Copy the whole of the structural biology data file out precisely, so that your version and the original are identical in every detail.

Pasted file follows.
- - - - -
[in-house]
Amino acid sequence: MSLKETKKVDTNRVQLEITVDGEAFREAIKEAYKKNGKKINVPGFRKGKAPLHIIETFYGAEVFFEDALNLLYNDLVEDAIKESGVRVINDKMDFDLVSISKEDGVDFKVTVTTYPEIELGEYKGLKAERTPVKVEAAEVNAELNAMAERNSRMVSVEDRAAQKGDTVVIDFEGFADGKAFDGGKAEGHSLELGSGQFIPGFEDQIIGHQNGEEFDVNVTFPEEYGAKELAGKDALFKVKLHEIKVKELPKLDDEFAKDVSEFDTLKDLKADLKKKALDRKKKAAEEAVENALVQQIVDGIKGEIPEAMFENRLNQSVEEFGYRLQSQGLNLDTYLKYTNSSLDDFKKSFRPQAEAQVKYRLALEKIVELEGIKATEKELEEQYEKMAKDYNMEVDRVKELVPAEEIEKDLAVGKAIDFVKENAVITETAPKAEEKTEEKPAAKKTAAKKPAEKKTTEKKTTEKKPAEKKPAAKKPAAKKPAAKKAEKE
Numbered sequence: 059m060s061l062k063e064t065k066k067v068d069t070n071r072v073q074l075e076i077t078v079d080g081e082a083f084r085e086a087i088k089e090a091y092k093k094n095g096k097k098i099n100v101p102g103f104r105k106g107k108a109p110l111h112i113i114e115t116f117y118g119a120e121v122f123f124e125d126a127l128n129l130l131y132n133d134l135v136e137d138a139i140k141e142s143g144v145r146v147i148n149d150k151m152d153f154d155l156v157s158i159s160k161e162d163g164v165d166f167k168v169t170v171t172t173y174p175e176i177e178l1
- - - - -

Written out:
[in-house]
Amino acid sequence: MSLKETKKVDTNRVQLEITVDGEAFREAIKEAYKKNGKKINVPGFRKGKAPLHIIETFYGAEVFFEDALNLLYNDLVEDAIKESGVRVINDKMDFDLVSISKEDGVDFKVTVTTYPEIELGEYKGLKAERTPVKVEAAEVNAELNAMAERNSRMVSVEDRAAQKGDTVVIDFEGFADGKAFDGGKAEGHSLELGSGQFIPGFEDQIIGHQNGEEFDVNVTFPEEYGAKELAGKDALFKVKLHEIKVKELPKLDDEFAKDVSEFDTLKDLKADLKKKALDRKKKAAEEAVENALVQQIVDGIKGEIPEAMFENRLNQSVEEFGYRLQSQGLNLDTYLKYTNSSLDDFKKSFRPQAEAQVKYRLALEKIVELEGIKATEKELEEQYEKMAKDYNMEVDRVKELVPAEEIEKDLAVGKAIDFVKENAVITETAPKAEEKTEEKPAAKKTAAKKPAEKKTTEKKTTEKKPAEKKPAAKKPAAKKPAAKKAEKE
Numbered sequence: 059m060s061l062k063e064t065k066k067v068d069t070n071r072v073q074l075e076i077t078v079d080g081e082a083f084r085e086a087i088k089e090a091y092k093k094n095g096k097k098i099n100v101p102g103f104r105k106g107k108a109p110l111h112i113i114e115t116f117y118g119a120e121v122f123f124e125d126a127l128n129l130l131y132n133d134l135v136e137d138a139i140k141e142s143g144v145r146v147i148n149d150k151m152d153f154d155l156v157s158i159s160k161e162d163g164v165d166f167k168v169t170v171t172t173y174p175e176i177e178l1